Social consciousness is in 93-year-old volunteer's blood

Posted: Tuesday, June 22, 2004

YORKTOWN, N.Y. Throughout his long, left-leaning life, Leon Sverdlove has been guided by one idealistic principle ''the idea that by helping our fellow man, we can have a better world.''

The age of 93 is no time to give it up.

''I'm never going to abandon the idea,'' Sverdlove said in an interview before serving lunch to the homeless at the Yorktown Country Residence, a shelter about 35 miles north of Manhattan. After spending a couple of hours there, he drove to the Hudson Valley Hospital Center in Cortlandt, where he checks on former patients by phone.

It's his regular Monday-to-Friday routine, nearly 20 hours a week. According to Volunteers of America, Sverdlove is probably the oldest volunteer in the state doing that much work.

''You know how it is these days,'' he jokes. ''You need two jobs to get by.''

At the lunch, Sverdlove dons a white apron and clear plastic gloves and dishes out hot dogs, sauerkraut, tangerines, fruit juice and the occasional wisecrack to the clients, some of them addicts or mentally troubled.

''Leon is wonderful. He's so respectful of the clients,'' said Andrea Jarrett, the shelter's program director. ''When he tells us he's going on vacation, we say, 'What are we going to do without you?'''

Sverdlove has his own rooms in a home in Yorktown Heights he shares with his daughter's family of four.

Born in Philadelphia in 1910 to Russian immigrants and raised in Montreal, Los Angeles and Manhattan's Lower East Side, Sverdlove and his two younger siblings were orphaned as teens and relied on other relatives as hard times descended. He left school after ninth grade.

''The Depression made me a socialist,'' he said. ''I became socially conscious.''

He admits to a youthful flirtation with radicals the dance at which he met Sema, his wife-to-be, ''was organized by some left-wing group, maybe the Communists.'' But although he lost faith in the Soviet Union in the 1950s, he holds fast to many of the tenets of socialism.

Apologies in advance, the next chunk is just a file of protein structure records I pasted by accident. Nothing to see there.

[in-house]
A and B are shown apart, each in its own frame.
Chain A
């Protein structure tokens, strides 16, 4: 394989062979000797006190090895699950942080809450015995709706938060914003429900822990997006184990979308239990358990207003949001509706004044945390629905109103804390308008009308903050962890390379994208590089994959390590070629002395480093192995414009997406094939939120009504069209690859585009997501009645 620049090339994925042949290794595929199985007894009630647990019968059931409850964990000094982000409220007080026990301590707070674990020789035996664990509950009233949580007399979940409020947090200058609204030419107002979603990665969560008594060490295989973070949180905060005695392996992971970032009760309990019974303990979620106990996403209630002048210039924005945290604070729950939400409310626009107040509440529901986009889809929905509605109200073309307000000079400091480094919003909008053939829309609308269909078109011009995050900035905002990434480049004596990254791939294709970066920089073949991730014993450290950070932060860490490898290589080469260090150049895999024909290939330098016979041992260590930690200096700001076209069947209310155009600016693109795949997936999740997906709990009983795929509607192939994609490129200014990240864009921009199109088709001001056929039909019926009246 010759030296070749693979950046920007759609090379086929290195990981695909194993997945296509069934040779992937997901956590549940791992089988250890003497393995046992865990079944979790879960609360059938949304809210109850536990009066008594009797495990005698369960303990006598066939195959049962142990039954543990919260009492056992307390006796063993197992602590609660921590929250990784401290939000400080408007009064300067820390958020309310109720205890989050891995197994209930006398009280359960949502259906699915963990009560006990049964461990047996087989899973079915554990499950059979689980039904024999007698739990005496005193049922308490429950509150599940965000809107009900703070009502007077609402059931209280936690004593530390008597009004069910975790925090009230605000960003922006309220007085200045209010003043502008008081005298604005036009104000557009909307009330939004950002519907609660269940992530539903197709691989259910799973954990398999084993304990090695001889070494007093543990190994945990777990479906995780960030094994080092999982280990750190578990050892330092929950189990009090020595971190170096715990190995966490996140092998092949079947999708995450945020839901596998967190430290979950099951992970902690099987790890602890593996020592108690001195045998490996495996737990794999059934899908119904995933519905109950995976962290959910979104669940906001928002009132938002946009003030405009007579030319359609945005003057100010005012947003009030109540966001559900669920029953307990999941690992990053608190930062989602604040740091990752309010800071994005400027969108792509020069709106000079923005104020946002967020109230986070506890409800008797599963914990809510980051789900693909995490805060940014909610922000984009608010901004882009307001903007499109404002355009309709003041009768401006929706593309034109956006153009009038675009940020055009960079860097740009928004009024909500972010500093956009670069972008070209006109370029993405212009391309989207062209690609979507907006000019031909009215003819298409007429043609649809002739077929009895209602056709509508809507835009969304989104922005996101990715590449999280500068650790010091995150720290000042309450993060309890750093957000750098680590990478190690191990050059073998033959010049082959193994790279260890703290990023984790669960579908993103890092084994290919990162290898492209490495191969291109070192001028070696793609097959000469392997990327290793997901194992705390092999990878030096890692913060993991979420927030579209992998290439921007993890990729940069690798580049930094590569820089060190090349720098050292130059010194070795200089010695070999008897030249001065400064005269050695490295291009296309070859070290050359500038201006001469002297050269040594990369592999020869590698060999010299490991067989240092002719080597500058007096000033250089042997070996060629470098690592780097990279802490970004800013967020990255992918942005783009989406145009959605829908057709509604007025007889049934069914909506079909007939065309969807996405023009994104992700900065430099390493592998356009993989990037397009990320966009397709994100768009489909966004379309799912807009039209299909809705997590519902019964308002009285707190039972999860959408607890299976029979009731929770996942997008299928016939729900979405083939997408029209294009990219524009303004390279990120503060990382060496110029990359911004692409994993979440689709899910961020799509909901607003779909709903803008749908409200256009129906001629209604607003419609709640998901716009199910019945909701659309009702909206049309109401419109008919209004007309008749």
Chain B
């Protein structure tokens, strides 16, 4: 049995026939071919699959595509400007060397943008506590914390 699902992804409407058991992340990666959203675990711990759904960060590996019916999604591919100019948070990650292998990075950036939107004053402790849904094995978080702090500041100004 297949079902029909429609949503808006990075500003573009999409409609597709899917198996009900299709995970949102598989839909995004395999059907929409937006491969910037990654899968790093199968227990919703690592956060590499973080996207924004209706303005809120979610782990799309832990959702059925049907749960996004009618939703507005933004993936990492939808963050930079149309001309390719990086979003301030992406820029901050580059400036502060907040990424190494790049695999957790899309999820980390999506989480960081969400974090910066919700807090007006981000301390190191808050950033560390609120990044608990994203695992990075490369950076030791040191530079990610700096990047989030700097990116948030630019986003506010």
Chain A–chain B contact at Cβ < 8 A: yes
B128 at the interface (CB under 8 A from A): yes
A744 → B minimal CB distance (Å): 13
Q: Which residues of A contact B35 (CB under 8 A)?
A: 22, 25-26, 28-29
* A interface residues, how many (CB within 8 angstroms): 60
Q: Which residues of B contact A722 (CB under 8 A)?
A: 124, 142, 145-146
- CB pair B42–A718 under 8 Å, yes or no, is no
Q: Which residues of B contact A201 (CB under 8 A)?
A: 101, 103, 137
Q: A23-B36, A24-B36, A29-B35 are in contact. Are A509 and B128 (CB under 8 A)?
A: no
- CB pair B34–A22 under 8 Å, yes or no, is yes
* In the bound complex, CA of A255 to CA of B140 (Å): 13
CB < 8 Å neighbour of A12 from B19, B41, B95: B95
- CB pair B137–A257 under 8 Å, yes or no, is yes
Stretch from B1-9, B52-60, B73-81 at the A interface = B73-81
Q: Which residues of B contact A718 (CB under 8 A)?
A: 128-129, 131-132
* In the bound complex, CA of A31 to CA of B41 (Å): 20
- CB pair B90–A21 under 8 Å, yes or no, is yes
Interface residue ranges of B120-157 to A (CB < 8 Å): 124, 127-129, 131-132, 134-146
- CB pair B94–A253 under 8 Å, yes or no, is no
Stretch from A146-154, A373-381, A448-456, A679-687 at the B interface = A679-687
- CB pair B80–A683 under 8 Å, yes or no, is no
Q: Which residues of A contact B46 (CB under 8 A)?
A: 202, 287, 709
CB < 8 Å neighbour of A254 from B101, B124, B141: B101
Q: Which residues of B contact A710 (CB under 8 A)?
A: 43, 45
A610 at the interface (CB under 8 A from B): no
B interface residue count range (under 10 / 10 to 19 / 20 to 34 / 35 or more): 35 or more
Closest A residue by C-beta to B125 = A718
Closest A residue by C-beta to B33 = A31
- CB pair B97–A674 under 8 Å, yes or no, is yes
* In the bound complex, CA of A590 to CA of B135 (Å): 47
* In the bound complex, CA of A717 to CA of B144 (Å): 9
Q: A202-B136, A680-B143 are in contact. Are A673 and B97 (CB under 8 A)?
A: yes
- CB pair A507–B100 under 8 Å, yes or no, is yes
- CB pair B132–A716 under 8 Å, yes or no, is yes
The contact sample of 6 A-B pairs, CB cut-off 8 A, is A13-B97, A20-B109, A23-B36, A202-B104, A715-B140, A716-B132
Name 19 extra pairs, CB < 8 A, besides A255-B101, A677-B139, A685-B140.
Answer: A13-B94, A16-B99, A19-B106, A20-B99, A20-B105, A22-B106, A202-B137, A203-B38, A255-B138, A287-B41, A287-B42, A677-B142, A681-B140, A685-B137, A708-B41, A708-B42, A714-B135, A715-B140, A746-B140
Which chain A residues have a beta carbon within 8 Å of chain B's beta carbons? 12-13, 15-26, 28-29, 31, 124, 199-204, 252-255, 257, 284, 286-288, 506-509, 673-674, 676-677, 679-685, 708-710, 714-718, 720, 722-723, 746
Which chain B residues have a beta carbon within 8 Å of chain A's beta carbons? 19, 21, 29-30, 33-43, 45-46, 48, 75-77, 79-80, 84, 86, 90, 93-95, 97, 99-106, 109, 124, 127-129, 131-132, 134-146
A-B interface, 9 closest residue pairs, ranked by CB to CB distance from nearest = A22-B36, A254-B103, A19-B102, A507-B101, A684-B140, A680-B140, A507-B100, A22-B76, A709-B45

''I marched in every demonstration,'' he said. ''I was always interested in making things better for the poor. The right to organize, civil rights. I think being interested in people, in how people are doing, helped me live this long. I want to see how things turn out.''

Sverdlove calls 800 former patients a month for ''satisfaction surveys'' and gets fan letters from patients he's contacted.

''We're like his second family, and to us he's like our grandfather,'' said Suzanne Scott, director of volunteers at the Cortlandt hospital.

Sverdlove, whose 92-year-old brother and 88-year-old sister are still alive, looks and acts about 70 years old. Besides driving, he does his own shopping and cooking. His favorite dish is filet mignon and ''I'm overeating it, never mind the price.''

It's a long way from the hard days of the Depression when he and his siblings ''didn't have anyplace to go, when we didn't have enough to eat.'' When he talks to schoolchildren about his experiences, ''They always ask me, 'Why didn't you go on welfare?' and I have to tell them there was no welfare then. We had to go to the police station for some bread or rice.''

Six years ago, Sverdlove pounced on an ad for the Volunteers of America and has been happily engaged ever since in what he finds to be a logical extension of his career. He expects to attend the SEIU convention in San Francisco next month.

''All those years in the union, I fought for things like Social Security, pensions, all the things people needed,'' he said. ''Now I'm helping to feed the hungry and help the sick.''

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